‘A riveting and disturbing novel, part twisted fairy tale and part dystopian nightmare, in which the primal human need to find meaning and love shines through the darkness of a ruined world.’
– Mick Kitson, author of Sal
Over the coming weeks, I’ve got a number of events lined up to help promote the book, both close to home around Cumbria, and further afield – specifically London and Cornwall. If you’re near any of these, it would be lovely to see you there:
Last weekend, I went to the Open the Door festival at Glasgow Women’s Library, where I heard (among other people) Ali Smith talking about the books and writers who had opened the door for her. It got me thinking about the writers that did that for me – both for poetry and for prose.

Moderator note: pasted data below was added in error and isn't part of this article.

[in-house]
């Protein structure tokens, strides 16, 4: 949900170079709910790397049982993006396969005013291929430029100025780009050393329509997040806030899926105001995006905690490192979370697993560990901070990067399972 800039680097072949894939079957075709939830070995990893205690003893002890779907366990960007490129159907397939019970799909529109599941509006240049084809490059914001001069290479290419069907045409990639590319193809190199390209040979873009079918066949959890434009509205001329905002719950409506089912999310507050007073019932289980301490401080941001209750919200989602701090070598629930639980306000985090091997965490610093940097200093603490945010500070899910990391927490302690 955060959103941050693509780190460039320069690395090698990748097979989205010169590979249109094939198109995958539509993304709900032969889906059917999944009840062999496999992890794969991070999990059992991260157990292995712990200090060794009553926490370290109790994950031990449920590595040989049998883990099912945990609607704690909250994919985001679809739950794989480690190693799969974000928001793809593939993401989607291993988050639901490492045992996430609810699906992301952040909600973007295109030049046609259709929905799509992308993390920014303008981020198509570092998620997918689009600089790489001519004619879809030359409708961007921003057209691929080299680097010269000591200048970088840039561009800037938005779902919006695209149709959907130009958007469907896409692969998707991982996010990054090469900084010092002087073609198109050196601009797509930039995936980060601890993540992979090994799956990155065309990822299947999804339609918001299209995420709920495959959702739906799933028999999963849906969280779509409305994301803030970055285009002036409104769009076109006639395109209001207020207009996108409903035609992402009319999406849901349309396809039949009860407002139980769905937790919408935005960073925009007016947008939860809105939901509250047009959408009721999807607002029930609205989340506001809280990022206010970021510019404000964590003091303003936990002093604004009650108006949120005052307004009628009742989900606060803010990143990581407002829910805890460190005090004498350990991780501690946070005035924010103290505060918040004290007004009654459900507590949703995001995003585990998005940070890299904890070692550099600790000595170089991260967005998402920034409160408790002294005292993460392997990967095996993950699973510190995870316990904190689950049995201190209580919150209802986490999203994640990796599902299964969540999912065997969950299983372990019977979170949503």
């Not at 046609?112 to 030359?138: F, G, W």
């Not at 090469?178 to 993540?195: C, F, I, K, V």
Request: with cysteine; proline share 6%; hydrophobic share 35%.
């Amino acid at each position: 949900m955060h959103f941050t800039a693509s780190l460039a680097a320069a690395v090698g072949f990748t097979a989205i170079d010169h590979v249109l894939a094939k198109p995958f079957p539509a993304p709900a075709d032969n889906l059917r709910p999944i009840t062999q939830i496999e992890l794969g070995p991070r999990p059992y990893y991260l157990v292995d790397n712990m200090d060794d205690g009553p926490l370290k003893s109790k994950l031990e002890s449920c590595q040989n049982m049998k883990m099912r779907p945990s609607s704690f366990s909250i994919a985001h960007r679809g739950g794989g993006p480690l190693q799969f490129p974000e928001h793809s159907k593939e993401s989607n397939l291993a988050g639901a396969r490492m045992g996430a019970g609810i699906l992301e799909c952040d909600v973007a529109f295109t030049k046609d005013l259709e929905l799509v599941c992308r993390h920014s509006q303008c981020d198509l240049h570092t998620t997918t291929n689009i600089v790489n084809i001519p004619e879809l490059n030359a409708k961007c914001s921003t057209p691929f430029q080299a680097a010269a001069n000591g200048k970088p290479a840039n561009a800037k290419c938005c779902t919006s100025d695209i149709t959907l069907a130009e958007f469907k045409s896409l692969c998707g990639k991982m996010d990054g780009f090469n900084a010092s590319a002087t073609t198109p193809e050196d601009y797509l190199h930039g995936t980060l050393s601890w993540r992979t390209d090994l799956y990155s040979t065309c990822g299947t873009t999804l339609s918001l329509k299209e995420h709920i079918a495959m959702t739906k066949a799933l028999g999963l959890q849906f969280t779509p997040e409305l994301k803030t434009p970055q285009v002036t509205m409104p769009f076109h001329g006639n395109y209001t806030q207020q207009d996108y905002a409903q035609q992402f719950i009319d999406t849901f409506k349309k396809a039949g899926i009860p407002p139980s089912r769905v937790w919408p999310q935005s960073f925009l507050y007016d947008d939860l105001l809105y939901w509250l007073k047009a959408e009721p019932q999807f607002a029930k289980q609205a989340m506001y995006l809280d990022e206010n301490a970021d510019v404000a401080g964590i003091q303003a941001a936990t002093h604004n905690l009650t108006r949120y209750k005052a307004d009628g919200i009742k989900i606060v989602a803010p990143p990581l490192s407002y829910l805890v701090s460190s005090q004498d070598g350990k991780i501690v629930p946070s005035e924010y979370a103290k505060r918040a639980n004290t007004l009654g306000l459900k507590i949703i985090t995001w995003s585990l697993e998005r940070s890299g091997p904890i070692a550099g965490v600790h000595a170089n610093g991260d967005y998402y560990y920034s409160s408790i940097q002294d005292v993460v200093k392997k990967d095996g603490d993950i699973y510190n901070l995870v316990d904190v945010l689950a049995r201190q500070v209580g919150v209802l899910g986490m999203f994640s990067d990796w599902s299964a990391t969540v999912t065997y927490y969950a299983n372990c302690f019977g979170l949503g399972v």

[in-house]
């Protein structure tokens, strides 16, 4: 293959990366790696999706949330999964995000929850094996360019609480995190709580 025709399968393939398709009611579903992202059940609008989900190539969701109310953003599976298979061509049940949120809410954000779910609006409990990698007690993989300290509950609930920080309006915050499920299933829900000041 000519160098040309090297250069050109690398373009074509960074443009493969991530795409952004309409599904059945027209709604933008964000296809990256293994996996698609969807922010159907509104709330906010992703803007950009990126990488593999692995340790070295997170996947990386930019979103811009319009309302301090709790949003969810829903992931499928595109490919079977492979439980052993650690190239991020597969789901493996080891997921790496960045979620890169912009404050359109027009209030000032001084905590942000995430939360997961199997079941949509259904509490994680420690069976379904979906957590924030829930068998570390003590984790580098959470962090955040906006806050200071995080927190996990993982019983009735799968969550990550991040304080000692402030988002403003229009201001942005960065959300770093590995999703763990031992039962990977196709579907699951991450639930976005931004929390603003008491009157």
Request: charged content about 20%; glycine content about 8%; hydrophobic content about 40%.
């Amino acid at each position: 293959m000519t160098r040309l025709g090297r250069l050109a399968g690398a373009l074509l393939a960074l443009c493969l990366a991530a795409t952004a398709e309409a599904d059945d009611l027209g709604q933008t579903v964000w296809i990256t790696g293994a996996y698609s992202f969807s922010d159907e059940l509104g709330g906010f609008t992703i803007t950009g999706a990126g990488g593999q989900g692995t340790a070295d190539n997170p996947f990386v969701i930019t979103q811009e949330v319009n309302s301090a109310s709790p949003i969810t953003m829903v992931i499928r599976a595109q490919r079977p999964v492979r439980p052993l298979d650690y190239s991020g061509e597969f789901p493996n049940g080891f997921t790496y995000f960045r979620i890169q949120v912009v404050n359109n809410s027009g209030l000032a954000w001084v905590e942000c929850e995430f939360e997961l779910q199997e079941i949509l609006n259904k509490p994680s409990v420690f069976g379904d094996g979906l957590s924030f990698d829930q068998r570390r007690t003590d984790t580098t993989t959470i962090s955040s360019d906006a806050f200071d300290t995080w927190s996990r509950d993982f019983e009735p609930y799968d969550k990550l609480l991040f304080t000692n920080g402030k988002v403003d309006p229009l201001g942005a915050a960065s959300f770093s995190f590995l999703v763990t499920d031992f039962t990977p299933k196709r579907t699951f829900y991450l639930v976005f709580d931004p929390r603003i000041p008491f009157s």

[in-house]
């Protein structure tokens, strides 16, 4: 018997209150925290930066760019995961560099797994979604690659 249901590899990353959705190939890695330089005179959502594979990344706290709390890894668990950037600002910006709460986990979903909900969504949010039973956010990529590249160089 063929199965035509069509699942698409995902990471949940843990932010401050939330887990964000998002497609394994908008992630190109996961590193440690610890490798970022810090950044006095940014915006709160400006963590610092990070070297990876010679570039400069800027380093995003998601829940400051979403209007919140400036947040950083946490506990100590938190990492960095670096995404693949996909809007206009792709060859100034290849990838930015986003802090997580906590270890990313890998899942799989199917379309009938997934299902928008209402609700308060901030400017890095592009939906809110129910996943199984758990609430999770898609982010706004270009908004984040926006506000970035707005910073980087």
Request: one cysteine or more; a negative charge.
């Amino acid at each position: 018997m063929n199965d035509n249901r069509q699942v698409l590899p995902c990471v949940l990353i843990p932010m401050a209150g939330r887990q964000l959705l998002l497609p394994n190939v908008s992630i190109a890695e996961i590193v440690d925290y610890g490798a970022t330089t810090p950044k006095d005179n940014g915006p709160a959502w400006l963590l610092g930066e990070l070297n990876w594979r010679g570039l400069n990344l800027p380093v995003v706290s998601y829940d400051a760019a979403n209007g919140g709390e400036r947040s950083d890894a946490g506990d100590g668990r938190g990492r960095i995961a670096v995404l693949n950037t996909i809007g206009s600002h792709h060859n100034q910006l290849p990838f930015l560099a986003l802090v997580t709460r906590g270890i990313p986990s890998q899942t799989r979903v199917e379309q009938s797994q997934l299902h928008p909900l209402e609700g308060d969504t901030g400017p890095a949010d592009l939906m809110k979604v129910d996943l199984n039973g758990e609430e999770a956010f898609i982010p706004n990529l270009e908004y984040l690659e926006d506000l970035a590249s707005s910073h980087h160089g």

In poetry, I think this is slightly more complex, as a lot of the poets who have opened the poetry door for me have done it not just through their own writing, but also as individual people I’ve worked with. But what about fiction?
I’ve talked before about how Penguin Random House’s WriteNow scheme gave me the confidence to think of myself as a fiction writer in general – but what about the specific novel? What were the books that opened the door to My Name is Monster?
1 – Robinson Crusoe, by Daniel Defoe
Robinson Crusoe is probably one of the more obvious influences on the book, as in many ways My Name is Monster is a reversioning of Robinson Crusoe. It’s the story of a woman who believes she’s the last person left alive on earth – and then she finds a girl. The book echoes Crusoe’s solitude on the desert island, his quest for survival, and his subsequent finding (and enslaving) of Friday.